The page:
BRIDGETOWN, Barbados, Friday March 2, 2018 – Barbados’ Prime Minister Freundel Stuart has described as unacceptable and “a disgrace” that only four Caribbean Community (CARICOM) countries have so far made the Caribbean Court of Justice (CCJ) their final appeal court.
While most CARICOM countries have signed on to the court’s original jurisdiction, only Barbados, Belize, Dominica and Guyana have replaced the London-based Privy Council with the Trinidad-based court that was established in February 2001 and began operations in April 2005.
“We contend that it is a disgrace that after the Caribbean Court of Justice has been in existence for so long, that only four countries have signed on to that court in its appellate jurisdiction,” Stuart said at the end of the 29th Inter-Sessional Summit of CARICOM heads in Haiti this week.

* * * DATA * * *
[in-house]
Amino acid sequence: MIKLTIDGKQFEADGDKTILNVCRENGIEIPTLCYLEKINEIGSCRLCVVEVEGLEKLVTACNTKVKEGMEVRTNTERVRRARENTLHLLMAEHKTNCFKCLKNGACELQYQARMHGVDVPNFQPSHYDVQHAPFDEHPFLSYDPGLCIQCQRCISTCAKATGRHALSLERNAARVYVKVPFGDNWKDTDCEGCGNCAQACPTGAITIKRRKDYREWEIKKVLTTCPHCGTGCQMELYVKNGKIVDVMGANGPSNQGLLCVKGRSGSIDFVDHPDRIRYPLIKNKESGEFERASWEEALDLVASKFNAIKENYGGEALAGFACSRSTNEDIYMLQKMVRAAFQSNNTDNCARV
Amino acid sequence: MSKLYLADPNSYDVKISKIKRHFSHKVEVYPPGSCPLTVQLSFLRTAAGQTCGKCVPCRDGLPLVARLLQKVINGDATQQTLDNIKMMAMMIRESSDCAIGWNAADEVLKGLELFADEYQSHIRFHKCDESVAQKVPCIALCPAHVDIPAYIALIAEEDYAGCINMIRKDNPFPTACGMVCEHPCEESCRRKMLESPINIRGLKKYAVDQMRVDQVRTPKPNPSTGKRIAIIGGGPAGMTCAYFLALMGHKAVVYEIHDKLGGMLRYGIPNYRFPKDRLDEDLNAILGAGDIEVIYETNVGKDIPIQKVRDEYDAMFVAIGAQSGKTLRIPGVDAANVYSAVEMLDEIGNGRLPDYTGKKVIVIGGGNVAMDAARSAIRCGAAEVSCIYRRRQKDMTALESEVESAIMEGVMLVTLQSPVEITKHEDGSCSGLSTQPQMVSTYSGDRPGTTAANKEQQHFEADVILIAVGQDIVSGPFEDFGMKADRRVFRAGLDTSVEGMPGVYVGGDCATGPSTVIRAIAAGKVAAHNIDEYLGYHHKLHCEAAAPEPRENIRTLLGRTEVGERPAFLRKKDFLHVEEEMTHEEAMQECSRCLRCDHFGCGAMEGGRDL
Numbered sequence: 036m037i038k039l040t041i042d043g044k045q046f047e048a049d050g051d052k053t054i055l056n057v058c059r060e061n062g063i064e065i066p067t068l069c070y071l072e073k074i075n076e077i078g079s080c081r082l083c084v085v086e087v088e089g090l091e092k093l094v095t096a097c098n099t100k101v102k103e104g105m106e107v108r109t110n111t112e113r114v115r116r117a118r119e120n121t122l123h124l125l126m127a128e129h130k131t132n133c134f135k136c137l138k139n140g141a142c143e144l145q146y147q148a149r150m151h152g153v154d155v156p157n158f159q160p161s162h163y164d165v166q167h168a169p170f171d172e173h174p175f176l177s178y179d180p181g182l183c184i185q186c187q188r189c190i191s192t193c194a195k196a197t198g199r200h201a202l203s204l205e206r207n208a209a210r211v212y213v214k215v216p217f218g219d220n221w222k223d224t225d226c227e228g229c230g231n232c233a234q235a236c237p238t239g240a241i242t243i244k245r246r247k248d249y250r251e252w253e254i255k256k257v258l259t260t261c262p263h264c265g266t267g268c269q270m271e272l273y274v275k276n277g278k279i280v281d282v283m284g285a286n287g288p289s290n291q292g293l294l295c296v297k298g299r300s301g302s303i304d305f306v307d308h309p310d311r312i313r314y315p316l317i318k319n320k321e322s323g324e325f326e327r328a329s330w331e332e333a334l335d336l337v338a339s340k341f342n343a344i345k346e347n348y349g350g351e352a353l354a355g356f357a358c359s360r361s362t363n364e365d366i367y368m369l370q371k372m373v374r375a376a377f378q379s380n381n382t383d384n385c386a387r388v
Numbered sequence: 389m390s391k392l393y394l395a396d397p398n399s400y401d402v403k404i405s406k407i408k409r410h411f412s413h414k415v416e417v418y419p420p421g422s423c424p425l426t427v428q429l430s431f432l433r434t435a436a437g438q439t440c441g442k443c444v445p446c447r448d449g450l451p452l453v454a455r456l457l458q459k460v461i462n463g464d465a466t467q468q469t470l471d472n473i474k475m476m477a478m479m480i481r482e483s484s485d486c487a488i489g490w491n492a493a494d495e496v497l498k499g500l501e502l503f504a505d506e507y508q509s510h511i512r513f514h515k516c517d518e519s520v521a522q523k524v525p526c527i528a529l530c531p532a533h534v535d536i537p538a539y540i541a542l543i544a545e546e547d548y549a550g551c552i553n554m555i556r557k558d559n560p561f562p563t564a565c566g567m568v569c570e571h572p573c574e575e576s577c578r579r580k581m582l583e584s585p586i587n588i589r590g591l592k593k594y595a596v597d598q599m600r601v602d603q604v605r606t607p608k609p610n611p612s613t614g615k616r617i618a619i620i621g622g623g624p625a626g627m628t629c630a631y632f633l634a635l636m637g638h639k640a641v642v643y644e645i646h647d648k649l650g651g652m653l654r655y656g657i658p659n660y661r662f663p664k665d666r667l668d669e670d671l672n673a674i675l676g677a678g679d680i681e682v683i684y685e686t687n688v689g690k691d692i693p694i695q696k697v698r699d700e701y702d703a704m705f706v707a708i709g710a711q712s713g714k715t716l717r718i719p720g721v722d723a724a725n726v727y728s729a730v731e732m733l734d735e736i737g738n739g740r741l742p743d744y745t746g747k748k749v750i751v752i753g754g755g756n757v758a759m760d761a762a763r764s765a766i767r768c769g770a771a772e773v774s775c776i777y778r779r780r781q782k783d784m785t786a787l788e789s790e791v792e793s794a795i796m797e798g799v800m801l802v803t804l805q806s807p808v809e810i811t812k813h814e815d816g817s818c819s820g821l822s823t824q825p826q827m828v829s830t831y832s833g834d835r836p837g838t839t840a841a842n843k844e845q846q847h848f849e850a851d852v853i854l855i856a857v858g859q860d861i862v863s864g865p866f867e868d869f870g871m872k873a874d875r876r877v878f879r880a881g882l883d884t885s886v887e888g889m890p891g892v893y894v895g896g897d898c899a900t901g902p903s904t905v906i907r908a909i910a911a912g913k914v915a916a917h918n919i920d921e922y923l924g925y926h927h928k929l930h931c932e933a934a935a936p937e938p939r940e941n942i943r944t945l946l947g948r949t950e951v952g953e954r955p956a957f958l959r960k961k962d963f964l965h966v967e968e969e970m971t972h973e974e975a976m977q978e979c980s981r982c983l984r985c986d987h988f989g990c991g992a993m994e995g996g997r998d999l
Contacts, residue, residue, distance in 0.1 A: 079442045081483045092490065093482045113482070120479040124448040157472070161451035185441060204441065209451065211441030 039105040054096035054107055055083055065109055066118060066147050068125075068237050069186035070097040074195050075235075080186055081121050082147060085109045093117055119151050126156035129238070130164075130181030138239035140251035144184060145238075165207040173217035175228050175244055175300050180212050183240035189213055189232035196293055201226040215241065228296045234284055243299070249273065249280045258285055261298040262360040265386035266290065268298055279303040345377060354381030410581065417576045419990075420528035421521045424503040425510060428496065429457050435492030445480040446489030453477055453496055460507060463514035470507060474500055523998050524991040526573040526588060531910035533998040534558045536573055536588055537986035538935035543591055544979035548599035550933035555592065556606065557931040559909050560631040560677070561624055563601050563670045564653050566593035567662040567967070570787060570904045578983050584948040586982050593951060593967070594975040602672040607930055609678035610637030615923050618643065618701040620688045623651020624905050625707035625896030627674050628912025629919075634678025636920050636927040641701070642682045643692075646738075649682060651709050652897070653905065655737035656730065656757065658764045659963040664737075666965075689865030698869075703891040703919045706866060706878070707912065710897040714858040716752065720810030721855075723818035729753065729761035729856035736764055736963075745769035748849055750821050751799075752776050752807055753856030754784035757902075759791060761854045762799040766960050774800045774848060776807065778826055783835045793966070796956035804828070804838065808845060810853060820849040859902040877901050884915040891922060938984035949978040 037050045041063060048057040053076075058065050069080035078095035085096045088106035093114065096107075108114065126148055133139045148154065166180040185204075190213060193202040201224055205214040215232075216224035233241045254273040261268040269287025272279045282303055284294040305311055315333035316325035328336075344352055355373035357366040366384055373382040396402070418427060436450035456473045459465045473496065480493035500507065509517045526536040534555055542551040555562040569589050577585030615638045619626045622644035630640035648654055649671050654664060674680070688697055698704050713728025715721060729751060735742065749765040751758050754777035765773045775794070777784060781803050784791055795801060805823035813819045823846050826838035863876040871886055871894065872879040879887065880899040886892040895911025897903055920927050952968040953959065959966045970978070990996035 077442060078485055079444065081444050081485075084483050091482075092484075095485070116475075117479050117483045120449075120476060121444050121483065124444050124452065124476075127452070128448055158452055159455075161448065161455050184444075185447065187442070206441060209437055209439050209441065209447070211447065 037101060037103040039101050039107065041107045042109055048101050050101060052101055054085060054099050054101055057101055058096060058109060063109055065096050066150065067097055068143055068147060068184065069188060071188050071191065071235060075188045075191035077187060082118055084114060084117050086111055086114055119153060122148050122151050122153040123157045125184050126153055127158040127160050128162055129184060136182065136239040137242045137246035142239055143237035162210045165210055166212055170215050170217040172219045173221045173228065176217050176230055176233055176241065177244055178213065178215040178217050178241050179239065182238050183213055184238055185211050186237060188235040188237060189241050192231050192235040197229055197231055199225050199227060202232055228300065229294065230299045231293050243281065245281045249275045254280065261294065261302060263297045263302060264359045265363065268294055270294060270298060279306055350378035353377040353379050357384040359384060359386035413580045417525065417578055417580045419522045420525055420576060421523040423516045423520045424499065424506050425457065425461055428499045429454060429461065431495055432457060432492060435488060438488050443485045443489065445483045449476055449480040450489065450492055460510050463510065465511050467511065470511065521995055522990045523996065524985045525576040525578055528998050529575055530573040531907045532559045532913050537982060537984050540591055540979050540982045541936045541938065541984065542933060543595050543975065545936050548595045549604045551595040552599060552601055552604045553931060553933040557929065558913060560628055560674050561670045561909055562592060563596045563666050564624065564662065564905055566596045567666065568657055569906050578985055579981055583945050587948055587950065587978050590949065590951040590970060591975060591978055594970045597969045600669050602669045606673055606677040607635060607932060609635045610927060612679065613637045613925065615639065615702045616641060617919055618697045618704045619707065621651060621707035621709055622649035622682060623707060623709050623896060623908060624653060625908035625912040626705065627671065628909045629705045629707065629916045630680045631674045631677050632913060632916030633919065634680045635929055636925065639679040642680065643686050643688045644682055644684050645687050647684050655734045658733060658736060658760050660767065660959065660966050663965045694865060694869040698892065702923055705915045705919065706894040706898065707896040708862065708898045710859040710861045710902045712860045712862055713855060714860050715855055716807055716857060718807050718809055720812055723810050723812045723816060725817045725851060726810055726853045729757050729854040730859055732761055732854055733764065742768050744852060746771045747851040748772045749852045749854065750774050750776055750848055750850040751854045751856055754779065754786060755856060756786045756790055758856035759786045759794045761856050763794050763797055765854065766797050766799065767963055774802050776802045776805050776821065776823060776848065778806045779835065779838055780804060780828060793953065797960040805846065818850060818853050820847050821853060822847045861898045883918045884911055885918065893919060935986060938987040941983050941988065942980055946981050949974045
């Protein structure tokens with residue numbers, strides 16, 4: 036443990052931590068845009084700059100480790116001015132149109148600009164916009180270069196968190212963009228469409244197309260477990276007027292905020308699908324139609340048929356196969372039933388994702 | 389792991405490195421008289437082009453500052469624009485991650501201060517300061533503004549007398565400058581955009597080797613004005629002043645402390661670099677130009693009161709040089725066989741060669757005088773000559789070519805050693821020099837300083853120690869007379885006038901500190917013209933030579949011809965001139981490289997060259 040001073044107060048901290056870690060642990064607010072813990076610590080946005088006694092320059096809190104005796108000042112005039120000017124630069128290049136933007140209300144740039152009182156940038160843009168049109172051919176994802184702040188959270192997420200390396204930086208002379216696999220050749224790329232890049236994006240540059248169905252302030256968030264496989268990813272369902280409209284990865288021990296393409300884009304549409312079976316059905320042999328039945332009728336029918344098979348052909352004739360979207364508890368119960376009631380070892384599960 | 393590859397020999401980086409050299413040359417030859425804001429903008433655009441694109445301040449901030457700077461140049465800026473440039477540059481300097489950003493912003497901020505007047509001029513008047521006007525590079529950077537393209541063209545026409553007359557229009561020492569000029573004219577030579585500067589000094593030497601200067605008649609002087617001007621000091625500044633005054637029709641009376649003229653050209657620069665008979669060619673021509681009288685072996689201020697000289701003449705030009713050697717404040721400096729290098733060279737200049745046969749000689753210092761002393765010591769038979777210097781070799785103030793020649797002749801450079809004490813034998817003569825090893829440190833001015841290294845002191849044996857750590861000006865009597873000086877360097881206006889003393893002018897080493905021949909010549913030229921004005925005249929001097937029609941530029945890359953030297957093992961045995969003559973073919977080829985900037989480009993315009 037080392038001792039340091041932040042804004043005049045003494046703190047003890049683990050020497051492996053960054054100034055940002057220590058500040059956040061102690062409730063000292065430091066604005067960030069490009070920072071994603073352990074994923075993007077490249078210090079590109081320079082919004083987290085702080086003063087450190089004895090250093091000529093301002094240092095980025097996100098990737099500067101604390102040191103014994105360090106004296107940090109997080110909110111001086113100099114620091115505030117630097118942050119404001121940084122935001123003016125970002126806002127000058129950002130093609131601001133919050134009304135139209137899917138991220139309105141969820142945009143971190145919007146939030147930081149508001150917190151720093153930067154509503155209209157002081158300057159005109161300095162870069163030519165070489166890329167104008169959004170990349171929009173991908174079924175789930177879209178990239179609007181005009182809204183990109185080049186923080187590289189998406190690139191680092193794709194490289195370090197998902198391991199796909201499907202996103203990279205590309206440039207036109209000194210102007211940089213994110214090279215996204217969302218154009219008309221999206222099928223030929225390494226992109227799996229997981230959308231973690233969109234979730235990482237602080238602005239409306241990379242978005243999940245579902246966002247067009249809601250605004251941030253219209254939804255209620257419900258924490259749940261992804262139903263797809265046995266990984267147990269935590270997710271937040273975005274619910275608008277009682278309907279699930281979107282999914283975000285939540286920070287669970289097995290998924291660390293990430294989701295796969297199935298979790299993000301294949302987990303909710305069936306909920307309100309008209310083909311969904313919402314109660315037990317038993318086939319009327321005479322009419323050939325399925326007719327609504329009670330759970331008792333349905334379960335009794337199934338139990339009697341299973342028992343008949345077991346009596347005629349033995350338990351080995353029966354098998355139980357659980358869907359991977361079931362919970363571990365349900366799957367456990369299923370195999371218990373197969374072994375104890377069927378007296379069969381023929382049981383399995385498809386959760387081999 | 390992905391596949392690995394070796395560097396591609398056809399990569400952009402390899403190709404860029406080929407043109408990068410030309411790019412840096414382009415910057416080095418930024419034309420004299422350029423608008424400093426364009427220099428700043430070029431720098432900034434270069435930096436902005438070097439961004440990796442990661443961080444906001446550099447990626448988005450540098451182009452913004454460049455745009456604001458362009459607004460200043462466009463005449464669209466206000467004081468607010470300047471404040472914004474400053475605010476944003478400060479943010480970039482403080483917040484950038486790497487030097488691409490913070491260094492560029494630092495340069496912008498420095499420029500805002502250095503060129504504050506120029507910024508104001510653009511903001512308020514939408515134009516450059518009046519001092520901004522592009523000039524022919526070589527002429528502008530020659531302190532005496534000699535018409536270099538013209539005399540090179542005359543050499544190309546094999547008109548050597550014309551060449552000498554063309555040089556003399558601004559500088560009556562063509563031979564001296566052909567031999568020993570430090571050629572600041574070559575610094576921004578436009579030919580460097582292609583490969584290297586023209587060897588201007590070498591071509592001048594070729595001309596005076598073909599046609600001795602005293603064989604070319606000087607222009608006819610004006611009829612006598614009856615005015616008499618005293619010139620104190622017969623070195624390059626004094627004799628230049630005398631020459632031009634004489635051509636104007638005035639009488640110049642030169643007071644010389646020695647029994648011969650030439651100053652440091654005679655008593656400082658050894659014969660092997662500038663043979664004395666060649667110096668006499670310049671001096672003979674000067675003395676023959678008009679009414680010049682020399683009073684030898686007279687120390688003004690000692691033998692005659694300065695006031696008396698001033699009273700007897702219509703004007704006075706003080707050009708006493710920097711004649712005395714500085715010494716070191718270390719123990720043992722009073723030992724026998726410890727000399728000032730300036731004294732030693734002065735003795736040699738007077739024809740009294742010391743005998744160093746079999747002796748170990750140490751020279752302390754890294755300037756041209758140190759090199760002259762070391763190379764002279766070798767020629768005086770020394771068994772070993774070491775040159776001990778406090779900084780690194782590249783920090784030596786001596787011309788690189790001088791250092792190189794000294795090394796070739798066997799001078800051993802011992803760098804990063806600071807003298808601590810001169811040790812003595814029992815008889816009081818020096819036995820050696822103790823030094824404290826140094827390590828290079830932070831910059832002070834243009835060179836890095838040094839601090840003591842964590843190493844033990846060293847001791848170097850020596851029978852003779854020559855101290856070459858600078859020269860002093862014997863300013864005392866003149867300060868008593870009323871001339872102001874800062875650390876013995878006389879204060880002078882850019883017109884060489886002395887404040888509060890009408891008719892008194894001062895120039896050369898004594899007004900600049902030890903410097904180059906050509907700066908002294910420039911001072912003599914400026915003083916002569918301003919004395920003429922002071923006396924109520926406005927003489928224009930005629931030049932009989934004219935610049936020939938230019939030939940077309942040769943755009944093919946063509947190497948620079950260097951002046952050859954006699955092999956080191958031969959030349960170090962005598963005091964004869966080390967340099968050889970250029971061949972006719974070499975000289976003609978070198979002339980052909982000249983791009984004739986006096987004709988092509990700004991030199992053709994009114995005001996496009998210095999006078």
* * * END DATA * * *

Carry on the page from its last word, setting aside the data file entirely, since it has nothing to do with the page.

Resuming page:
“I do not buy the argument that there is a division of opinion in the countries that have not signed on to the court in its appellate jurisdiction, because the biggest decision that CARICOM countries have had to make has been on Independence.
“If we’ve all decided that we want to be independent and we were able to unite the population on those issues, I cannot see why on matters relating to how our disputes are handled and how our grievances are addressed that we still believe that the former colonial master is better than people here in the Caribbean,” Stuart contended.
He insisted that countries could not “have one foot in and one foot out” in terms of the jurisdiction of the CCJ.
However, the Barbadian leader expressed optimism that the matter would be addressed at the next CARICOM summit in July, and more definitive answers would be taken on what steps members states proposed to take to correct the situation.
That 39th Regular Meeting of the Conference of Heads of Government of CARICOM will be held July 4 to 6, in Montego Bay, Jamaica.